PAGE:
Evolutionary history of HOMEODOMAIN LEUCINE ZIPPER transcription factors during plant transition to land

Facundo Romani, Renata Reinheimer, Stevie N. Florent, John L. Bowman, Javier E. Moreno

Research output: Contribution to journalArticleResearchpeer-review

11 Citations (Scopus)


Plant transition to land required several regulatory adaptations. The mechanisms behind these changes remain unknown. Since the evolution of transcription factors (TFs) families accompanied this transition, we studied the HOMEODOMAIN LEUCINE ZIPPER (HDZ) TF family known to control key developmental and environmental responses. We performed a phylogenetic and bioinformatics analysis of HDZ genes using transcriptomic and genomic datasets from a wide range of Viridiplantae species. We found evidence for the existence of HDZ genes in chlorophytes and early-divergent charophytes identifying several HDZ members belonging to the four known classes (I–IV). Furthermore, we inferred a progressive incorporation of auxiliary motifs. Interestingly, most of the structural features were already present in ancient lineages. Our phylogenetic analysis inferred that the origin of classes I, III, and IV is monophyletic in land plants in respect to charophytes. However, class IIHDZ genes have two conserved lineages in charophytes and mosses that differ in the CPSCE motif. Our results indicate that the HDZ family was already present in green algae. Later, the HDZ family expanded accompanying critical plant traits. Once on land, the HDZ family experienced multiple duplication events that promoted fundamental neo- and subfunctionalizations for terrestrial life.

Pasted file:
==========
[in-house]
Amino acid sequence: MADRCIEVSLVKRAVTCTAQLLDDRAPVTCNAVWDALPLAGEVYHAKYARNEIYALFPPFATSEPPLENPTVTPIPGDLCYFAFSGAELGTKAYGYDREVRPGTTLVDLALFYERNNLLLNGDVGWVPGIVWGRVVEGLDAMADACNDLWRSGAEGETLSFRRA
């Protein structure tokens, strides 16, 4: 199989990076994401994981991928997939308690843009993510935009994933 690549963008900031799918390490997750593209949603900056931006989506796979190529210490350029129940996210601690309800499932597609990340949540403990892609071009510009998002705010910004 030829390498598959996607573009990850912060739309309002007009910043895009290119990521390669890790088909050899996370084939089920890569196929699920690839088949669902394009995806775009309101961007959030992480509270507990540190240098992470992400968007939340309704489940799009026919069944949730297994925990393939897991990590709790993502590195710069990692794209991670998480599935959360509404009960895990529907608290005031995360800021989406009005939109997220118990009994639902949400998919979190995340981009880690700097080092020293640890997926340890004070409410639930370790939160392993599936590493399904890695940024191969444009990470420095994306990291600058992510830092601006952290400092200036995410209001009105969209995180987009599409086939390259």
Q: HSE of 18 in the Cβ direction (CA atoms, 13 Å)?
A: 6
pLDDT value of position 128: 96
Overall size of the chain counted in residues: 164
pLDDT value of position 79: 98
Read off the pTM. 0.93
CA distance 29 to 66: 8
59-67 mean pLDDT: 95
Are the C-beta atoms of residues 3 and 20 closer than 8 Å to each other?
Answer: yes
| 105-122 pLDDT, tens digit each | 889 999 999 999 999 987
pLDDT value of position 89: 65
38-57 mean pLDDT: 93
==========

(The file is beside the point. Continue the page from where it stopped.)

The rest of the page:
Original languageEnglish
Pages (from-to)408-421
Number of pages14
JournalNew Phytologist
Issue number1
Publication statusPublished - 1 Jul 2018


  • development
  • domain architecture
  • evolution
  • HD-Zip
  • land colonization
  • transcription factors

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